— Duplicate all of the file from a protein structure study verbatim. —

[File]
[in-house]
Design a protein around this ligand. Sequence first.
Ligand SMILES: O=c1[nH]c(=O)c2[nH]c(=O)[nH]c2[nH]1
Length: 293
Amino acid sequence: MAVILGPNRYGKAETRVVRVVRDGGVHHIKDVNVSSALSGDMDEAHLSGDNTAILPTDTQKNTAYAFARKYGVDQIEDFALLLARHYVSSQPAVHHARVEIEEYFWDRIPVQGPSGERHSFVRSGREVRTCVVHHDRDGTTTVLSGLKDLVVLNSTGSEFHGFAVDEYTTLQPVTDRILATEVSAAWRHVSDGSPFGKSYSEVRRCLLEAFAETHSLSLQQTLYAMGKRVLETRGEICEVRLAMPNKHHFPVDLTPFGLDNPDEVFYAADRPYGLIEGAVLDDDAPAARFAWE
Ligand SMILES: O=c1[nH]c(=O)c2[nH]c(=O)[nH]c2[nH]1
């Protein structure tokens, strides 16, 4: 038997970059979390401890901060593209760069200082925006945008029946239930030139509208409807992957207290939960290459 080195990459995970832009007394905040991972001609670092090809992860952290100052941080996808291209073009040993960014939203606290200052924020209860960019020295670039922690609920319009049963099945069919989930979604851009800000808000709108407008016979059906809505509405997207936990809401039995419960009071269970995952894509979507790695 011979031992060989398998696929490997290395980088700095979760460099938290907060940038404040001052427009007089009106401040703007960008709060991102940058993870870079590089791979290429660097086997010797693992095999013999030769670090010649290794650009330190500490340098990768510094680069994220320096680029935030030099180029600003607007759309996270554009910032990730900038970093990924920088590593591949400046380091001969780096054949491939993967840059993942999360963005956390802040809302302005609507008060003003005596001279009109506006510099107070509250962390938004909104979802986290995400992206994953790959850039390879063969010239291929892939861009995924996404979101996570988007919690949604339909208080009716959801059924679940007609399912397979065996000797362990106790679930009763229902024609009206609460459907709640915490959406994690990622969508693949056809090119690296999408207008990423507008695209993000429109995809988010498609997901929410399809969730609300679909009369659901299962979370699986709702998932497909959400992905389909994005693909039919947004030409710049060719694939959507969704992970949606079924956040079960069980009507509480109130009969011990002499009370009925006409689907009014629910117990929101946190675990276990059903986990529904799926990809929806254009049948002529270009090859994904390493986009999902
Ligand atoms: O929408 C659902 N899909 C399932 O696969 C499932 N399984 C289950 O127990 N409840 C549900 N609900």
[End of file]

[in-house]
Design a protein around this ligand. Sequence first.
Ligand SMILES: O=c1[nH]c(=O)c2[nH]c(=O)[nH]c2[nH]1
Length: 293
Amino acid sequence: MAVILGPNRYGKAETRVVRVVRDGGVHHIKDVNVSSALSGDMDEAHLSGDNTAILPTDTQKNTAYAFARKYGVDQIEDFALLLARHYVSSQPAVHHARVEIEEYFWDRIPVQGPSGERHSFVRSGREVRTCVVHHDRDGTTTVLSGLKDLVVLNSTGSEFHGFAVDEYTTLQPVTDRILATEVSAAWRHVSDGSPFGKSYSEVRRCLLEAFAETHSLSLQQTLYAMGKRVLETRGEICEVRLAMPNKHHFPVDLTPFGLDNPDEVFYAADRPYGLIEGAVLDDDAPAARFAWE
Ligand SMILES: O=c1[nH]c(=O)c2[nH]c(=O)[nH]c2[nH]1
């Protein structure tokens, strides 16, 4: 038997970059979390401890901060593209760069200082925006945008029946239930030139509208409807992957207290939960290459 080195990459995970832009007394905040991972001609670092090809992860952290100052941080996808291209073009040993960014939203606290200052924020209860960019020295670039922690609920319009049963099945069919989930979604851009800000808000709108407008016979059906809505509405997207936990809401039995419960009071269970995952894509979507790695 011979031992060989398998696929490997290395980088700095979760460099938290907060940038404040001052427009007089009106401040703007960008709060991102940058993870870079590089791979290429660097086997010797693992095999013999030769670090010649290794650009330190500490340098990768510094680069994220320096680029935030030099180029600003607007759309996270554009910032990730900038970093990924920088590593591949400046380091001969780096054949491939993967840059993942999360963005956390802040809302302005609507008060003003005596001279009109506006510099107070509250962390938004909104979802986290995400992206994953790959850039390879063969010239291929892939861009995924996404979101996570988007919690949604339909208080009716959801059924679940007609399912397979065996000797362990106790679930009763229902024609009206609460459907709640915490959406994690990622969508693949056809090119690296999408207008990423507008695209993000429109995809988010498609997901929410399809969730609300679909009369659901299962979370699986709702998932497909959400992905389909994005693909039919947004030409710049060719694939959507969704992970949606079924956040079960069980009507509480109130009969011990002499009370009925006409689907009014629910117990929101946190675990276990059903986990529904799926990809929806254009049948002529270009090859994904390493986009999902
Ligand atoms: O929408 C659902 N899909 C399932 O696969 C499932 N399984 C289950 O127990 N409840 C549900 N609900």